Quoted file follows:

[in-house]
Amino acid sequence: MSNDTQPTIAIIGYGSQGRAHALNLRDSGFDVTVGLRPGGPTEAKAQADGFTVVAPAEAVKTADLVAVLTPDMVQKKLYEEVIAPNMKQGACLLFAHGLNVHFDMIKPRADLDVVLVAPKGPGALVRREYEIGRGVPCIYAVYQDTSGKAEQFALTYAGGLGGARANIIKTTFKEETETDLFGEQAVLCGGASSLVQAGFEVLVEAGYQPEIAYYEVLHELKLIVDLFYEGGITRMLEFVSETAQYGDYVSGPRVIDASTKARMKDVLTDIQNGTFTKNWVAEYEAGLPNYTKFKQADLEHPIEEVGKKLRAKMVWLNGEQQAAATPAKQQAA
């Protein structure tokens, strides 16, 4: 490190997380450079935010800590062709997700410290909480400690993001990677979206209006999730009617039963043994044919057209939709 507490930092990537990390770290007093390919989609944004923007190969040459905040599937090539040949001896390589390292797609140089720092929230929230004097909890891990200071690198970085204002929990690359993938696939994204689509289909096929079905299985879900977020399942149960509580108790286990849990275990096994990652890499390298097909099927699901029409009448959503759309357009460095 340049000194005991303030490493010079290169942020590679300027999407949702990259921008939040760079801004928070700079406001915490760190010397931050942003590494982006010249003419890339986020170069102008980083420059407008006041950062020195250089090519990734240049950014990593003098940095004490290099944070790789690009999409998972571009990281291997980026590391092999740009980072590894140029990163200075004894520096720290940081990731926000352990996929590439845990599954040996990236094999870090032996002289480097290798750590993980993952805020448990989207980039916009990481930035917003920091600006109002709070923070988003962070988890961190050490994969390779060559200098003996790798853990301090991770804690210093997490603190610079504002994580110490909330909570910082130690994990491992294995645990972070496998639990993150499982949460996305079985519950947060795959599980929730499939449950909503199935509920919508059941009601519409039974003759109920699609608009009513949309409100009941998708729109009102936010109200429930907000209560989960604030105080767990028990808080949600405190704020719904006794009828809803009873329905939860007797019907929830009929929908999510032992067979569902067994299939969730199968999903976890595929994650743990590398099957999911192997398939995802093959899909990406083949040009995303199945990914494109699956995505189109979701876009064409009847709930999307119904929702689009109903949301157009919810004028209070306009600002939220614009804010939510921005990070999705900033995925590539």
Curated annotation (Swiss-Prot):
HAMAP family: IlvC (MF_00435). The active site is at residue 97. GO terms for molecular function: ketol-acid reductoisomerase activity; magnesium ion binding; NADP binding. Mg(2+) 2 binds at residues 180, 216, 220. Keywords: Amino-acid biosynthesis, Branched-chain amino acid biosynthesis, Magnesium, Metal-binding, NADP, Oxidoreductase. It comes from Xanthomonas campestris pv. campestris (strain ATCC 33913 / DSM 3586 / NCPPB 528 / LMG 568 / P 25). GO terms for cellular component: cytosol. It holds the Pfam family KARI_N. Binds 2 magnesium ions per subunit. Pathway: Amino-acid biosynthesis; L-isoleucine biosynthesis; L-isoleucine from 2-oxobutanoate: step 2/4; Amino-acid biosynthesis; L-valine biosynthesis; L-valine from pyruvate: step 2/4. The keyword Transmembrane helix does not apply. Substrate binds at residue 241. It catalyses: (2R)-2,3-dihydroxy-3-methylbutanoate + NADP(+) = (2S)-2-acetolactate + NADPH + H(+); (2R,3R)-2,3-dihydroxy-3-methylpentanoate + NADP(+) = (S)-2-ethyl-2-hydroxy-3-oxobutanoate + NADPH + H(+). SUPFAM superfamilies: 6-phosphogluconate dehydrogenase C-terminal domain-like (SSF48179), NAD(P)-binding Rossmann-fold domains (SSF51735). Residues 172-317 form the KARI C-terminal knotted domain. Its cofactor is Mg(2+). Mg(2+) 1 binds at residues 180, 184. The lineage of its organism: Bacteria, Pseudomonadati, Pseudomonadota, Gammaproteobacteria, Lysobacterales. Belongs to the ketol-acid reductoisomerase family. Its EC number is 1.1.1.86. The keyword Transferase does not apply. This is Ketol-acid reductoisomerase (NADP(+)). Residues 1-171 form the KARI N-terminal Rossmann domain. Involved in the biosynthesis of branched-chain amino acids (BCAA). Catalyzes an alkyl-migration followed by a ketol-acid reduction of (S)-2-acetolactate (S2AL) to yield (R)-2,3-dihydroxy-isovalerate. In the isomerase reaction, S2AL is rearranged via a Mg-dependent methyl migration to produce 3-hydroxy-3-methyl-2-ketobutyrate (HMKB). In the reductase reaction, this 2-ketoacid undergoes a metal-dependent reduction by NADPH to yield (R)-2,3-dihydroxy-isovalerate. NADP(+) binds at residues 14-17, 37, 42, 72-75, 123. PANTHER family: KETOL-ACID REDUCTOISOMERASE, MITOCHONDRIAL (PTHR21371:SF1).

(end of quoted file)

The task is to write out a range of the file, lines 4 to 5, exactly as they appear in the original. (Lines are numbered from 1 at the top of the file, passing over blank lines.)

Curated annotation (Swiss-Prot):
HAMAP family: IlvC (MF_00435). The active site is at residue 97. GO terms for molecular function: ketol-acid reductoisomerase activity; magnesium ion binding; NADP binding. Mg(2+) 2 binds at residues 180, 216, 220. Keywords: Amino-acid biosynthesis, Branched-chain amino acid biosynthesis, Magnesium, Metal-binding, NADP, Oxidoreductase. It comes from Xanthomonas campestris pv. campestris (strain ATCC 33913 / DSM 3586 / NCPPB 528 / LMG 568 / P 25). GO terms for cellular component: cytosol. It holds the Pfam family KARI_N. Binds 2 magnesium ions per subunit. Pathway: Amino-acid biosynthesis; L-isoleucine biosynthesis; L-isoleucine from 2-oxobutanoate: step 2/4; Amino-acid biosynthesis; L-valine biosynthesis; L-valine from pyruvate: step 2/4. The keyword Transmembrane helix does not apply. Substrate binds at residue 241. It catalyses: (2R)-2,3-dihydroxy-3-methylbutanoate + NADP(+) = (2S)-2-acetolactate + NADPH + H(+); (2R,3R)-2,3-dihydroxy-3-methylpentanoate + NADP(+) = (S)-2-ethyl-2-hydroxy-3-oxobutanoate + NADPH + H(+). SUPFAM superfamilies: 6-phosphogluconate dehydrogenase C-terminal domain-like (SSF48179), NAD(P)-binding Rossmann-fold domains (SSF51735). Residues 172-317 form the KARI C-terminal knotted domain. Its cofactor is Mg(2+). Mg(2+) 1 binds at residues 180, 184. The lineage of its organism: Bacteria, Pseudomonadati, Pseudomonadota, Gammaproteobacteria, Lysobacterales. Belongs to the ketol-acid reductoisomerase family. Its EC number is 1.1.1.86. The keyword Transferase does not apply. This is Ketol-acid reductoisomerase (NADP(+)). Residues 1-171 form the KARI N-terminal Rossmann domain. Involved in the biosynthesis of branched-chain amino acids (BCAA). Catalyzes an alkyl-migration followed by a ketol-acid reduction of (S)-2-acetolactate (S2AL) to yield (R)-2,3-dihydroxy-isovalerate. In the isomerase reaction, S2AL is rearranged via a Mg-dependent methyl migration to produce 3-hydroxy-3-methyl-2-ketobutyrate (HMKB). In the reductase reaction, this 2-ketoacid undergoes a metal-dependent reduction by NADPH to yield (R)-2,3-dihydroxy-isovalerate. NADP(+) binds at residues 14-17, 37, 42, 72-75, 123. PANTHER family: KETOL-ACID REDUCTOISOMERASE, MITOCHONDRIAL (PTHR21371:SF1).